By Tom Westcott.
14 November 2014:
A team from the UN Special Mission in Libya visited Saadi Qaddafi at Tripoli’s Hadba prison in . . .[restrict]October but did not conduct a planned interview because a private meeting was not allowed.
The visit has only come to public attention after the head of the investigation department for the General Attorney’s office, Sadiq Al-Sour, cited the UN’s visit as evidence that Saadi was in good health.
“On 22 October, UNSMIL went to Hadba prison in Tripoli in order to visit a number of detainees including al-Saadi Qaddafi,” director of the human rights, transitional justice and rule of law division of UNSMIL Claudio Cordone told the Libya Herald. “The prison authorities brought him to the presence of the UNSMIL team together with other detainees. However, the UNSMIL team declined to interview him or any of the other detainees as conditions for a meeting in private were not met.”
Sour insisted that Saadi was “fine and in very good health” and had seen doctors. He said he did not know whether Saadi yet had a lawyer.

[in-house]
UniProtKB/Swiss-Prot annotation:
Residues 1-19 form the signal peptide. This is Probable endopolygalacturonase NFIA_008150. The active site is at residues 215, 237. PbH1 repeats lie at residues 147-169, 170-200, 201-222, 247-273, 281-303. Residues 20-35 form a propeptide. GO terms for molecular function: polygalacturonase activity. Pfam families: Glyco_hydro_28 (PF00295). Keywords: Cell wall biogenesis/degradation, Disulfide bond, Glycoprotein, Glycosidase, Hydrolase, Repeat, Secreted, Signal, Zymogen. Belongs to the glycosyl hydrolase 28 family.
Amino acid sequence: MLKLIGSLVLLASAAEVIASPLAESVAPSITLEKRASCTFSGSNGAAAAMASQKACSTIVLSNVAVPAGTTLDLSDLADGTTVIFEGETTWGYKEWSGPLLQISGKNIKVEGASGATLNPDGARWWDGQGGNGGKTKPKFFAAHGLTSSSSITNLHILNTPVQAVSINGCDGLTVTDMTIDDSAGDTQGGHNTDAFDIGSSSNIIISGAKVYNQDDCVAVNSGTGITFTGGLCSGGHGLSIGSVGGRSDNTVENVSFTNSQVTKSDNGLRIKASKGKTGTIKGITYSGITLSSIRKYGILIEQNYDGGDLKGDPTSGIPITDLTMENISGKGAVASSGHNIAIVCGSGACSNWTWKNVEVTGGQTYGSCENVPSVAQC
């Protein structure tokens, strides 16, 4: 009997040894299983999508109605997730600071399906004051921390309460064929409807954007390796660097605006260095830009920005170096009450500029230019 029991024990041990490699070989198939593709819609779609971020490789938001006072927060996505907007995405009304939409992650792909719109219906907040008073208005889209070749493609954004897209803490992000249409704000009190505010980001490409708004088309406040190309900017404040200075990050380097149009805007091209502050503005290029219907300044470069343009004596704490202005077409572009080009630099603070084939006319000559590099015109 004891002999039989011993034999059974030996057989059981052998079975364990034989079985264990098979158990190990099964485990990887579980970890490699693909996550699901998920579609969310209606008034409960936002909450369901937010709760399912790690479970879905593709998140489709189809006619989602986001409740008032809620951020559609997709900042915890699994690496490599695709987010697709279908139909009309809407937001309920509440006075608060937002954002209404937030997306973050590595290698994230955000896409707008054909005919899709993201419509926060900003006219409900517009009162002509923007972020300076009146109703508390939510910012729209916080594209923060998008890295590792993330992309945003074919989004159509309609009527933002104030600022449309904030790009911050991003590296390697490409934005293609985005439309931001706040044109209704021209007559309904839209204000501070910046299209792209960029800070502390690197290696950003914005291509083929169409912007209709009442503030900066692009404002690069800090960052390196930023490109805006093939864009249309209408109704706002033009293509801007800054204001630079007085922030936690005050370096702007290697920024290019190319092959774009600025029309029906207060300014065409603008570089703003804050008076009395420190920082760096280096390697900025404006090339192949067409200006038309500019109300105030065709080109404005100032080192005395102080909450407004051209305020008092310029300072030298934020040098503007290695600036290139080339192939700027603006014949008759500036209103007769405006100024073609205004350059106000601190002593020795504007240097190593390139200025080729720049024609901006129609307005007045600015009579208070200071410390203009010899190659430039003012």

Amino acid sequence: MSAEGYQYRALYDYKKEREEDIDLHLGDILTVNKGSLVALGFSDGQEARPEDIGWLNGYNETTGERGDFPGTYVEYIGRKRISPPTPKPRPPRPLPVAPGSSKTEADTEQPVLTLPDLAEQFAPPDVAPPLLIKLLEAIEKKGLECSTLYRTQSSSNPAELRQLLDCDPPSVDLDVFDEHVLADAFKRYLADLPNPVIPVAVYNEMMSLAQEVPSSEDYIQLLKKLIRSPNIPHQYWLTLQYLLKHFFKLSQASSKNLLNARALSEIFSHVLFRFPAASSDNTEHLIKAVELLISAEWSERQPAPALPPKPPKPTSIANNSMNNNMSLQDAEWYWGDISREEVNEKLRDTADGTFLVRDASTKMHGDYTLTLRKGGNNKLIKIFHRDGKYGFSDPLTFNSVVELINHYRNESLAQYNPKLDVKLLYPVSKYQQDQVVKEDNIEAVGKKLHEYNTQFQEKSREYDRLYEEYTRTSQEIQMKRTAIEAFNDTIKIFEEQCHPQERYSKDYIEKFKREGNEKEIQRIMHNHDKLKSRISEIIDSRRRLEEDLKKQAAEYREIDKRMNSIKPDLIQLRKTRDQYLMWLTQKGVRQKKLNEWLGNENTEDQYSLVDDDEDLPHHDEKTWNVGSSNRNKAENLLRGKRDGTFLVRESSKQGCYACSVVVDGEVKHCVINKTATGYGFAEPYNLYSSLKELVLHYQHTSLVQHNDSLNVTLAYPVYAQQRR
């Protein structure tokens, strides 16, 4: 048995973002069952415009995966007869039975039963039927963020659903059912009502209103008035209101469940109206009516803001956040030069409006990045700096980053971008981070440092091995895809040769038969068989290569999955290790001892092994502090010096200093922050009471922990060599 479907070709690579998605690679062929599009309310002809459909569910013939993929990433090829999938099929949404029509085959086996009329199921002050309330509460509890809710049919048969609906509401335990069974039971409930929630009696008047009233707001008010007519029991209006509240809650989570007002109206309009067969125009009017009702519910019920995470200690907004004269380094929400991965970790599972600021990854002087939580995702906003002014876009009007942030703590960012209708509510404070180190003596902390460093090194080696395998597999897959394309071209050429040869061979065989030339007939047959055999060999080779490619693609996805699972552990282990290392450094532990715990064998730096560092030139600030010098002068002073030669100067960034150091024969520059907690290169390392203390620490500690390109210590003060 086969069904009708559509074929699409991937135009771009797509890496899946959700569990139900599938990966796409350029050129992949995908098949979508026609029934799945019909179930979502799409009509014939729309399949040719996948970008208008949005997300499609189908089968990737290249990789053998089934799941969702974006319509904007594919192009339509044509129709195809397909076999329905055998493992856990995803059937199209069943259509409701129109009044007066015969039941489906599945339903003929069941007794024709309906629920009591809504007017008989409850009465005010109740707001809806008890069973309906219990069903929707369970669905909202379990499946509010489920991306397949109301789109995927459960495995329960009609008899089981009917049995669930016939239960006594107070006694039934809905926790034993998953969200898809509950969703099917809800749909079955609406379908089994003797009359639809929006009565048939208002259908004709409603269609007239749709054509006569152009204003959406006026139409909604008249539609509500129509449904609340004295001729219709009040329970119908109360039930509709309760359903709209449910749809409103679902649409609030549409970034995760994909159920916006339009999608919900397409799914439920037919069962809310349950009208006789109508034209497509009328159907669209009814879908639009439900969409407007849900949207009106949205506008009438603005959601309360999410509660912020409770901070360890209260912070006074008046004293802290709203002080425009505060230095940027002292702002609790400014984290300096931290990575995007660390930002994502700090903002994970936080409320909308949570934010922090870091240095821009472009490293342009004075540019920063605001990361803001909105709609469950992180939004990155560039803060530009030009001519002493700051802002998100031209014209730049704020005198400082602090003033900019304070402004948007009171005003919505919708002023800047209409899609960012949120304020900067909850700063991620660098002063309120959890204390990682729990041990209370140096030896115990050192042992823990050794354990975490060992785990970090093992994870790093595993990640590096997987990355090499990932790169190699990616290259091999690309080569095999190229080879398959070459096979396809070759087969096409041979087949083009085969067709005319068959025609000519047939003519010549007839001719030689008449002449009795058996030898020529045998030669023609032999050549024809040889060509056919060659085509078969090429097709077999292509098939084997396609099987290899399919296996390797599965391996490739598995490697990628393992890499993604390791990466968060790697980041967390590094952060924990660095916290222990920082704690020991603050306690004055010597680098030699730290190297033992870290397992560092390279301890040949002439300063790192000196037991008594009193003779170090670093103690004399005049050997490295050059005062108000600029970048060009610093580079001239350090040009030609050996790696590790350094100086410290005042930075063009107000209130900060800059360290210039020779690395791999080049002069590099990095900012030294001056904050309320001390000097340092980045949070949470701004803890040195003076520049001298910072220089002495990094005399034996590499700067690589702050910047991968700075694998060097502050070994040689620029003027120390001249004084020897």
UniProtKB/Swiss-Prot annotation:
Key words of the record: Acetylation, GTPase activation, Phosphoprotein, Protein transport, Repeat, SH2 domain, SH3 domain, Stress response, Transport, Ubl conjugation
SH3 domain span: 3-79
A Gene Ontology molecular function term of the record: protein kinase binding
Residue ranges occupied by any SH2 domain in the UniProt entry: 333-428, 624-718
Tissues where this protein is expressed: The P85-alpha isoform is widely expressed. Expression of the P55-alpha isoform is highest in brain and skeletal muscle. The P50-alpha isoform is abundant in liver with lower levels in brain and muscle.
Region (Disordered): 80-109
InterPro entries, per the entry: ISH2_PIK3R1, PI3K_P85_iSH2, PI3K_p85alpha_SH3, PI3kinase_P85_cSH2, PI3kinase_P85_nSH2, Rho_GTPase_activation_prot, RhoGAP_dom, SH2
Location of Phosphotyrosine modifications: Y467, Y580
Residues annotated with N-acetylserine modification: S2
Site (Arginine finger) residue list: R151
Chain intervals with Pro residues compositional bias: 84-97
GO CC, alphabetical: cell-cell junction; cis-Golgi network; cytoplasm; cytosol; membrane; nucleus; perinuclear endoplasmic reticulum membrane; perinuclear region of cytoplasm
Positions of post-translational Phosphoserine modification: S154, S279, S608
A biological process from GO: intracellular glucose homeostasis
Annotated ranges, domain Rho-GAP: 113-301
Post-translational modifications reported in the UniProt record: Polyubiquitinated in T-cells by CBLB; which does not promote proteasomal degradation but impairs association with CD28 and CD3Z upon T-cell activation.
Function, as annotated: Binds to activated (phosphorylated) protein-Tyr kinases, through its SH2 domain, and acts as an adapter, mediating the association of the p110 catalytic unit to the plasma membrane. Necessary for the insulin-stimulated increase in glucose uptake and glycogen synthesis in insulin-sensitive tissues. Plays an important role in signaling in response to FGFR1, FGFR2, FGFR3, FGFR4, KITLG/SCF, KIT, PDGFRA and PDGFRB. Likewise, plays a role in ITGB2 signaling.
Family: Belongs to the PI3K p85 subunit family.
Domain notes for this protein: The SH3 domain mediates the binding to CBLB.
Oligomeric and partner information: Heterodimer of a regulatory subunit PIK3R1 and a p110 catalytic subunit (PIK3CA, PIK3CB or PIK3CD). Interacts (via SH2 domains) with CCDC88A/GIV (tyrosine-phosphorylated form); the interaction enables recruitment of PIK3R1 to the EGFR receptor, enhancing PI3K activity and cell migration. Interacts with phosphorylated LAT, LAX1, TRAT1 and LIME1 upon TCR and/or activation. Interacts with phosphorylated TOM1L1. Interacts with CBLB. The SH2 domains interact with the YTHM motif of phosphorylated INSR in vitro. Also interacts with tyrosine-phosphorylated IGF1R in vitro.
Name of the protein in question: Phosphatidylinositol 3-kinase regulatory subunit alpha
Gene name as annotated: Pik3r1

No international human rights organisations appear to have been granted a private meeting with Saadi since his extradition from Niger in March this year. Human Rights Watch (HRW) said it was unable to confirm any details about Saadi’s detention conditions, treatment or access to legal representation because HRW representatives had been unable to visit Saadi since his detention in Libya.
“While the general prosecutor did grant HRW access after repeated requests, it was not possible to date to coordinate a private visit with the prison authorities at Hadba,” the international human rights NGO said.
Saadi could face ten separate charges in court, Sour said, but confirmed that the investigations into only two of these cases had been completed so far. The first charge relates to the killing of Bashir Al-Rayani, an Al-Ittihad football player and coach in Tripoli in 2006, which is being brought by the State of Libya. The second case is being brought by a private citizen who has accused Saadi of being responsible for his imprisonment.
A date for Saadi to stand trial for these two charges is expected to be announced by the Tripoli Appeals Court in the next two weeks, according to Al-Sour. Eight further charges Saadi may face, details of which have not yet been made public, were still under investigation, he added.
Saadi was transferred to Hadba prison after his extradition from Niger in March this year. He is being held in the same prison facility in eastern Tripoli as a number of senior Qaddafi-regime figures are held.
Sour confirmed that Saadi’s trial would be conducted separately to the cases already underway of regime-era officials held in Tripoli and Misrata jails, and that of his brother Saif Qaddafi who is still being held in the mountain town of Zintan. [/restrict]